(Radio Soundboard)

Hearing this bootleg and the one from Wembley, I'm convinced that the Tormato tour was the best one in Yes history... set list is perfect (perhaps just too many Tormato songs, but they're short), and the Medley is unbeliavable! Long Distance faster, Fish with all the band playing awesome, quoting Survival and The Ancient, Perpetual Change very dynamic and Soon giving a beautiful end...
In this particular show, the best ones are On the Silent Wings of Freedom, in a slightly shorter and better version, and Starship Trooper, with a great job by Rick, with some new and good solos in the Disillusion part. Wurm is not as long as it was in 1977.
Take a look at the beutiful way how Madrigal moves into Clap. This is one of the very few times Madrigal was played live.

Disc 1
1 Close Encounters / Siberian Khatru
2 Heart Of The Sunrise
3 Future Times / Rejoice
4 Circus Of Heaven
5 Time And A Word / Long Distance Runaround / The Fish / The Ancient / Survival / Perpetual Change / Soon
6 Don't Kill The Whale
7 Madrigal / The Clap

Disc 2
1 Starship Trooper
2 On The Silent Wings Of Freedom
3 The Six Wives Of Henry The 8th
4 Awaken
5 I've Seen All Good People
6 Roundabout

Ps: Geoff Dunn, on Forgotten Yesterdays, says: In the Medley, as "The Gates of Delirium" goes into "Soon", Jon Anderson misses his cue! The rest of the band cover the faux pas extremely professionally and Jon comes in on the next bar. Most in the audience probably didn't even notice the mistake!

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1988 - Live in Houston

Houston, Texas, USA
February 19, 1988

This is one of the best bootlegs from Rabin era. The show must have been great, and the acoustics of the place too, because some songs were used in the box The Word is Love and the bootleg was pressed many times, under different names (
Live USA, Yesshows'88, etc). The one here is called Big Generator Show & Rare Tracks and has a cover I'm not putting here as it's horribly ugly.
The show was good, with good renditions of songs from 90125 and Big Generator, but also good playing on old songs, such as And You And I and Heart of the Sunrise. I think Rabin was much
better playing Howe songs here than in 90125 tour.
My personal favourites are Rabin solo, Solly's Beard, here simply called "Instrumental" and Yours is no Disgrace, with a good rock'n'roll energy from the whole band.

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Steve Howe solo carreer

Today I'm posting some recent albums from Steve Howe solo career. Most of his compositions are instrumental and guitar-based. That's wise, as his voice as a solo singer is not good...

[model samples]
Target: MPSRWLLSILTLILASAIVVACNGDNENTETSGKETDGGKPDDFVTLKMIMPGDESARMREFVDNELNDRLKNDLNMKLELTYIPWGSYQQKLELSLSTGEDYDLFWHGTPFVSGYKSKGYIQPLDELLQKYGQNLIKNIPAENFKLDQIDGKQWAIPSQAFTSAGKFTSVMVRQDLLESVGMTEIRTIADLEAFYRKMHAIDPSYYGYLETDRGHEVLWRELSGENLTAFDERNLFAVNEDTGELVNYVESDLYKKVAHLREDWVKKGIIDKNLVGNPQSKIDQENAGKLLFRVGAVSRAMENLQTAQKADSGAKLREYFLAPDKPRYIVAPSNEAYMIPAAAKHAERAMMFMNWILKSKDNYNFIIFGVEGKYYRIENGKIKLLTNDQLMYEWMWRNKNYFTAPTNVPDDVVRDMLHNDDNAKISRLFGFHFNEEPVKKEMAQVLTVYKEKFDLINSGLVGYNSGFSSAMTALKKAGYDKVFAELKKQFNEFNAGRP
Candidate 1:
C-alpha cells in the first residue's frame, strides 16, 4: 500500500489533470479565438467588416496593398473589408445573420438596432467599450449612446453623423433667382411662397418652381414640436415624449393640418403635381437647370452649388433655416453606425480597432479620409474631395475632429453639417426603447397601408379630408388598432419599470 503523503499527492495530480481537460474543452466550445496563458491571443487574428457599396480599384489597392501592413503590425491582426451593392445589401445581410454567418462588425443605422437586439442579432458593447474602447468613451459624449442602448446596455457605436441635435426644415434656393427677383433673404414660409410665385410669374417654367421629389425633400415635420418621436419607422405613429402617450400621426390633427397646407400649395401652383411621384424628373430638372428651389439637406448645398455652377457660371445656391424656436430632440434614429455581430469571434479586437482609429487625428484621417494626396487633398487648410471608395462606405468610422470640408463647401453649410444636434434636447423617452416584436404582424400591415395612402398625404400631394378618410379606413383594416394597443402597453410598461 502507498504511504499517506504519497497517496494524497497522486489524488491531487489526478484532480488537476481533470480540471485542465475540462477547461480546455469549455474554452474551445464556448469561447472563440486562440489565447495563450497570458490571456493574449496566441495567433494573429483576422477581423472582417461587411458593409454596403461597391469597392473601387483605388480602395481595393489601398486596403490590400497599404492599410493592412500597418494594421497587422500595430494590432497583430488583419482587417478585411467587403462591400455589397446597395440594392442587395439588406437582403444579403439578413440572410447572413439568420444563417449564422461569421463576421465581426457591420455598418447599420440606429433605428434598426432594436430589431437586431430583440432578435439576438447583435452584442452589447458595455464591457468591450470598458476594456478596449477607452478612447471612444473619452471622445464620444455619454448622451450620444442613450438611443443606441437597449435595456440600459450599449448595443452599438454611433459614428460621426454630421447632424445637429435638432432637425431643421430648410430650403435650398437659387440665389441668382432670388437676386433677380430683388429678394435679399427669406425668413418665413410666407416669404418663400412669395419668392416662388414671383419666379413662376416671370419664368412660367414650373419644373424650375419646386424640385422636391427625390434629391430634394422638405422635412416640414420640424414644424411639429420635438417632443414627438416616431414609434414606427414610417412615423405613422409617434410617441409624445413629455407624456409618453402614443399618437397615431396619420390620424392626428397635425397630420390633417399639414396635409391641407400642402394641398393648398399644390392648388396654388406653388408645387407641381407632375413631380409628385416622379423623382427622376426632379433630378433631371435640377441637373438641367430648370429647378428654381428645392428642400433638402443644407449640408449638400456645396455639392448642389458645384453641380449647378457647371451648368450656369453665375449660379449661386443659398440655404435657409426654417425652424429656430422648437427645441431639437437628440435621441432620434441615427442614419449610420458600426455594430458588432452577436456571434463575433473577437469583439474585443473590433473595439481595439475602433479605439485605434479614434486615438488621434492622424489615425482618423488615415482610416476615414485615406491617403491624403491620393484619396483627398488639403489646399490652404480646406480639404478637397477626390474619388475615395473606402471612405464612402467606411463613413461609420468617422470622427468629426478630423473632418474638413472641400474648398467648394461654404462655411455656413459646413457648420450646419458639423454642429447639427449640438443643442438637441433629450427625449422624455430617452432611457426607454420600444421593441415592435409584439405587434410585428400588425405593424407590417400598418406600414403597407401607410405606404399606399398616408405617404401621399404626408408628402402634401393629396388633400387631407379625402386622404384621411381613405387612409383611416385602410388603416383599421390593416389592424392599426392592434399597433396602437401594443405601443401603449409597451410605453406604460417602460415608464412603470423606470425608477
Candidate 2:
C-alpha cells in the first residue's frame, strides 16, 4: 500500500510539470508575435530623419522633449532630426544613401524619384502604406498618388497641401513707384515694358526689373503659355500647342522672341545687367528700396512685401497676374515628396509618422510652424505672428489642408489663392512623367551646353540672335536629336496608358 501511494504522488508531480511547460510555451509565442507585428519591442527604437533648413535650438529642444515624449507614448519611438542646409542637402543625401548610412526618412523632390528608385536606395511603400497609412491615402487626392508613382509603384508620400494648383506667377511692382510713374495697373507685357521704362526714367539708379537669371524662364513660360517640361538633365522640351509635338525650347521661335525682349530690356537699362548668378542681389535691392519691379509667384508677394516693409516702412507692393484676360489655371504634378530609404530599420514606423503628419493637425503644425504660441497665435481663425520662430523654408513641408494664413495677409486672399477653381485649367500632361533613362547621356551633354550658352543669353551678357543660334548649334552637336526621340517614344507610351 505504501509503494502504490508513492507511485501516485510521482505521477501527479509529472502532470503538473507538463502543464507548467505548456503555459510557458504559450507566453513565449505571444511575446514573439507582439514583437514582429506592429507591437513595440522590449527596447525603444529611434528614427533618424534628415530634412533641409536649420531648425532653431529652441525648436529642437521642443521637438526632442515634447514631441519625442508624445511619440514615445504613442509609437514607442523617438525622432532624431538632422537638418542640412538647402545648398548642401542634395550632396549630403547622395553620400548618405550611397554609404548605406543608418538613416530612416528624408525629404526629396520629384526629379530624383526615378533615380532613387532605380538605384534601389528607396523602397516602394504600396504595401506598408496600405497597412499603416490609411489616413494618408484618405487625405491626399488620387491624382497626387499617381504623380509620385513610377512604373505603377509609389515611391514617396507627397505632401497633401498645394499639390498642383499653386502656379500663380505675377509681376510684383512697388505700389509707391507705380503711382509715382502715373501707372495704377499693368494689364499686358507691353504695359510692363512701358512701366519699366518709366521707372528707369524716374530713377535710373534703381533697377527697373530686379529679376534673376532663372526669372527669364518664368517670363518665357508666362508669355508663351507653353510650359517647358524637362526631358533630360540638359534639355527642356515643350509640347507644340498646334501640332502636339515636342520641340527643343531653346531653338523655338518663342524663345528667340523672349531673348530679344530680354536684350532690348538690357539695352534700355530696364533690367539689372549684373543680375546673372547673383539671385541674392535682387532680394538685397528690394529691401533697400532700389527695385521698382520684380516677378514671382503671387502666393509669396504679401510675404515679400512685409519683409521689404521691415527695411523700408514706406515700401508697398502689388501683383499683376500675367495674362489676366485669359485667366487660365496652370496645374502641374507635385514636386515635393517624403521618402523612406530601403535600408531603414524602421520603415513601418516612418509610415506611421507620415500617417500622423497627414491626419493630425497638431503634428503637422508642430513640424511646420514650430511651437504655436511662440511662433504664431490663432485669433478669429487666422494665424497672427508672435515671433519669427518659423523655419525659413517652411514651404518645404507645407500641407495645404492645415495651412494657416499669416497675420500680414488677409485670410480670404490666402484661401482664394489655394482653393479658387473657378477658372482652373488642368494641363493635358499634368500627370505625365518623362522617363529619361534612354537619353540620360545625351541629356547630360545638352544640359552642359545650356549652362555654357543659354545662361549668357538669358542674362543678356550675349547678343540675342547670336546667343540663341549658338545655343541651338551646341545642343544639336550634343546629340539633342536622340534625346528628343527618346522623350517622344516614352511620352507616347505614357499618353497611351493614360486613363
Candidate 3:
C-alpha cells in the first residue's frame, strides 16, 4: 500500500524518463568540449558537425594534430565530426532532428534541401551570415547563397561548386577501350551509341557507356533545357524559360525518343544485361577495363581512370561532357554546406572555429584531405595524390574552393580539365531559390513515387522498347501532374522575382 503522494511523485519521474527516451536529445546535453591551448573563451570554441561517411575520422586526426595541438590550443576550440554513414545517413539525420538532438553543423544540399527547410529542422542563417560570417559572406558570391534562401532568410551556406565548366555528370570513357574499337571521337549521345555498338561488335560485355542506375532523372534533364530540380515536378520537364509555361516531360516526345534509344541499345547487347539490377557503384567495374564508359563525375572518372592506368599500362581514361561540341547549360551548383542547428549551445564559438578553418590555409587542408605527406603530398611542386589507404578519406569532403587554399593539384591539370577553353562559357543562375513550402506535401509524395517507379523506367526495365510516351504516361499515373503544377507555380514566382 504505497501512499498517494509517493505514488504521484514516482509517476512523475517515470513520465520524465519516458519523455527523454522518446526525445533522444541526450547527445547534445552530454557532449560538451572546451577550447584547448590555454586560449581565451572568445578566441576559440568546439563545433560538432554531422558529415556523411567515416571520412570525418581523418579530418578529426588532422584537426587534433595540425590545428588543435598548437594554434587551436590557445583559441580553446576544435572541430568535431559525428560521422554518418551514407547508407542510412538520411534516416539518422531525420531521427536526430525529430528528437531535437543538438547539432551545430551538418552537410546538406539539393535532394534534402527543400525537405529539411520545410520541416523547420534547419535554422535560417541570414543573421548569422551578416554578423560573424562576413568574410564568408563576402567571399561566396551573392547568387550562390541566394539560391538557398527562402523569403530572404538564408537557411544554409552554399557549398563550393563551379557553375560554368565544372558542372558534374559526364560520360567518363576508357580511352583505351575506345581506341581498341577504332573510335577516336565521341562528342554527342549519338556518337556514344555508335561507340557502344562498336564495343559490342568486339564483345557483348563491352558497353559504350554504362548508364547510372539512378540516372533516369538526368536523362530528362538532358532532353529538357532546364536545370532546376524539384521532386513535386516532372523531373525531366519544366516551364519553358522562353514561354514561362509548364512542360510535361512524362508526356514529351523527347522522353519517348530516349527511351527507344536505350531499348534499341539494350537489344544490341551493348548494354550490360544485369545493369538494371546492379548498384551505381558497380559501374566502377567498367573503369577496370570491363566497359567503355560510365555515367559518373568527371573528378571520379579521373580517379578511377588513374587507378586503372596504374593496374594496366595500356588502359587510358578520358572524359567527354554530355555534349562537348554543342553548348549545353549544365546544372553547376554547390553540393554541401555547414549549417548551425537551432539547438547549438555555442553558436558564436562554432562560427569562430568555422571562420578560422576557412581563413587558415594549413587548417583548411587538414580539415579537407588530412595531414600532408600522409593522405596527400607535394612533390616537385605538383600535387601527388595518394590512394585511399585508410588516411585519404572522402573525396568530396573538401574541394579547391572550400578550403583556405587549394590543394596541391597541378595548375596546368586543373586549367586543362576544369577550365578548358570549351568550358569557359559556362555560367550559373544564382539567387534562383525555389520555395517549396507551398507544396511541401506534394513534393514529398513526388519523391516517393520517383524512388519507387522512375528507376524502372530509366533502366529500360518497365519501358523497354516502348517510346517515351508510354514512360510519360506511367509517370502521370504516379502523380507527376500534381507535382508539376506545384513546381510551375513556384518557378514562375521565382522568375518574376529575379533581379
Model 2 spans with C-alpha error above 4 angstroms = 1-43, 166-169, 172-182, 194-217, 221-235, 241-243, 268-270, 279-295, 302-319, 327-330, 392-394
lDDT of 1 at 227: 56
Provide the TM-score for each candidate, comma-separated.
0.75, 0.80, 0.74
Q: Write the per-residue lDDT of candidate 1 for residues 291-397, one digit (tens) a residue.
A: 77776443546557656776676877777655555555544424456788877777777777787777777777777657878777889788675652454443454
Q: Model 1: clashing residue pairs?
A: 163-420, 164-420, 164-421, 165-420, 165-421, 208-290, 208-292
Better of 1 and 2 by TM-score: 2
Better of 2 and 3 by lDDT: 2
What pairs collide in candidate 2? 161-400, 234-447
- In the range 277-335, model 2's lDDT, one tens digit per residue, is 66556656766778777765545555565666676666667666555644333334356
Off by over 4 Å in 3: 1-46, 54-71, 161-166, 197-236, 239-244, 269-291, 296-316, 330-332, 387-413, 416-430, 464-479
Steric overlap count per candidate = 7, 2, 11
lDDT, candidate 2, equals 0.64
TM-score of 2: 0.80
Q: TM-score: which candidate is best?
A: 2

My focus is on Yes material and not on released albums, but as all of these albums are pretty hard to find on stores or on the internet (I had to upload Skylines, and the other links were not easy to get) I'll put them here. Hope you like.

Skyline (2002)

- Steve Howe / guitars, bass, keyboards
- Paul Sutin / keyboards, percussion

Steve Howe is a world-renowned guitar virtuoso with the great progressive rock group Yes. Probably only the most devoted fans realize that there is much more to him than just being a guitar player for that band. He is a venerated solo artist as well. On his latest effort "Skyline", HOWE proves to be an adept six-string maestro by combining jazz, rock, and strong Latin influences into intricate and dazzling instrumental compositions.
If you want to relax in front of the open fireplace (or the central heating for the less wealthy), this CD is yours: sensitive guitarplay (electric and acoustic, often with a jazzy feel) and soaring keyboards, sometimes evoking Mike Oldfield.
(taken from progarchives)

Natural Timbre (2001)
- Steve Howe / guitar (acoustic), banjo, bass, dobro, guitar, mandolin, percussion, autoharp, guitar (bass), guitar (12 String), koto, mandola, mandocello, Hawaiian Lap Steel guitar
- Andrew Jackman / piano, Glockenspiel
- Anna Palm / violin
- Dylan Howe / drums

Here's probably the best Howe album... All the songs are acoustic, but he can make them very different one from another, using Mandolin, Banjo, several acoustic guitars, violin(played by Anna Palm). The whole album is very calm, perfect for reading, and he makes blues (Intersection Blues, to me the best track), Jazz (Dream River), and ambient music ( Distant Seas)... The disc has songs for all my moods. The Yes songs, in my opinion are all excelent: Your Move's extremely beautiful melody is made better, and the recorders are so calm and soft; Disillusin (from Starship Trooper) is outstanding, very emotive; To Be Over is a masterpiece, with amazing Glockenspiel, and a totally different atmosphere from the original. They are all as good as the originals.